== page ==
All well and good, but for adults who may have little prior experience of learning outside of school, or whose knowledge is a little rusty, how can they be sure the course will be pitched at the right level for them? Finn says it’s very important to research the course properly.

“There is a lot on offer, but doing your own research is, in its own right, a good preparation, as it is a form of self-directed learning. Talk to the local ETB, look at the Citizens Information website, or check out the websites of universities and colleges that have courses which interest you.”

Rory O’Sullivan, principal of the Killester College of Further Education, highlights the importance of research. There is sometimes a misconception about how students can access higher education through a further education course, he says.

“The value given to further education courses can vary widely from college to college and course to course. It is presented on websites as though there is just one path, but that is not the case: there are multiple progression paths into third-level.”


O’Sullivan believes that if colleges and universities are to properly address the issue of access across all demographic groups, this is a matter that needs to be tackled urgently. In the meantime, don’t assume a PLC course automatically opens the door to university – do ask guidance counsellors in your local further education college or ETB office.

O’Sullivan says he has met many adults who are really surprised by how much they have enjoyed their return to learning, particularly how it has impacted on their self-confidence.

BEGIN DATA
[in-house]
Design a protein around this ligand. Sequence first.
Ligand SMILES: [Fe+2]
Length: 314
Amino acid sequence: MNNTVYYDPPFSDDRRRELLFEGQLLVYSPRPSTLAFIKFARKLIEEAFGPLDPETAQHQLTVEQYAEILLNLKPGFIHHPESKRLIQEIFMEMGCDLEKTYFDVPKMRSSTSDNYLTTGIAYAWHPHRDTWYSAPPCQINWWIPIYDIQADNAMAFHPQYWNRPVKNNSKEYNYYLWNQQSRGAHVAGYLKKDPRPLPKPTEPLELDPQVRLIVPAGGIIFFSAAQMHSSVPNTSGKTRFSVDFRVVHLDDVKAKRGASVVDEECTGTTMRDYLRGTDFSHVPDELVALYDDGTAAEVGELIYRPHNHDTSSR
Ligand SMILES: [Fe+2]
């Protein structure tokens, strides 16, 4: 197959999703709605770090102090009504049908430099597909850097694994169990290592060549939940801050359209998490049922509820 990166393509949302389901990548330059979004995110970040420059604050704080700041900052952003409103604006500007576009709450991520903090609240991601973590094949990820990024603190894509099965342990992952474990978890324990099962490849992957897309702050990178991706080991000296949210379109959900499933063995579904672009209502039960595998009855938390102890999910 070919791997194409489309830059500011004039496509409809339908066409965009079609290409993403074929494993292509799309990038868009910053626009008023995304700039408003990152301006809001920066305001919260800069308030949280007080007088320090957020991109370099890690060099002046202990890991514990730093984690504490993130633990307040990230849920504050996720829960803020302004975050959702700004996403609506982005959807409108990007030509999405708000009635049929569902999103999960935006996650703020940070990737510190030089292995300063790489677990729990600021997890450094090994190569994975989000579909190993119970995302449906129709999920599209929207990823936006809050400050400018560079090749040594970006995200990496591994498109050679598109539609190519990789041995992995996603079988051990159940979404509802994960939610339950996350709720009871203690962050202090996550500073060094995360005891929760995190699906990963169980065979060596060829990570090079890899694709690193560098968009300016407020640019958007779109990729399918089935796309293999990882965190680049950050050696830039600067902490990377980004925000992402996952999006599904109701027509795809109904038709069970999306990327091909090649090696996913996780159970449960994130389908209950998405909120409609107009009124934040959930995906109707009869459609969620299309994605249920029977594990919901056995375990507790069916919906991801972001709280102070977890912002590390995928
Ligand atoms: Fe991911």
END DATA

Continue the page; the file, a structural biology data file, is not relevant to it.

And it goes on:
“A lot of the public commentary focuses on the labour market. This is understandable in a time of recession, but there are other benefits. “Whether it’s a hobby course in the evening such as dancing or photography, or a certified course to enhance your chances in the labour market, I’ve seen how people’s confidence increases.”

The Dublin Region Adult Education Fair will be held on Thursday, November 27th, at the Radisson Blu Hotel in Dublin 8.

See for more details.

For more information see:

How to fund it: Help with fees

The cost of education – adult or otherwise – can be a disincentive. Even if fees are covered, full- or part-time education entails an opportunity cost, with fewer hours in the day available for work or family commitments.

Generally, night classes have to be paid for, particularly those that don’t lead to a qualification but are taken out of interest. Outside of this, costs vary.

Students on PLC courses make an annual contribution of up to €200, but this is waived for medical card holders or people eligible for grants or the Back to Education Allowance (BTEA) or Vocational Training and Opportunities scheme (VTOS).

Students over the age of 21 (or 24 if on a third-level postgraduate course) who have been in receipt of a social-welfare payment for at least six months can apply through their local social-welfare office for the BTEA scheme for a grant to help them cover the cost of further or higher education. Students studying part-time may be eligible to keep unemployment, one-parent family or disability payments under the Back to Education Programme. VTOS, meanwhile, is aimed at unemployed people over the age of 21 who have been in receipt of social-welfare payments.

Mature students going to a third-level college or university for the first time are, like all other students, eligible for free fees – but bear in mind that college registration fees still need to be paid, and these can be hefty.

However, like their younger counterparts, they may also be eligible for a student grant.

Students with disabilities may also be eligible for special assistance. The Association for Higher Education Access and Disability (AHEAD) can provide further information (

Once in further or higher education, students may be eligible for a grant, which is processed through Student Universal Support Ireland (Susi).

If you run into financial trouble once you start the course, there are student assistance funds in place which may be able to help; talk to your local students’ union welfare officer or student adviser.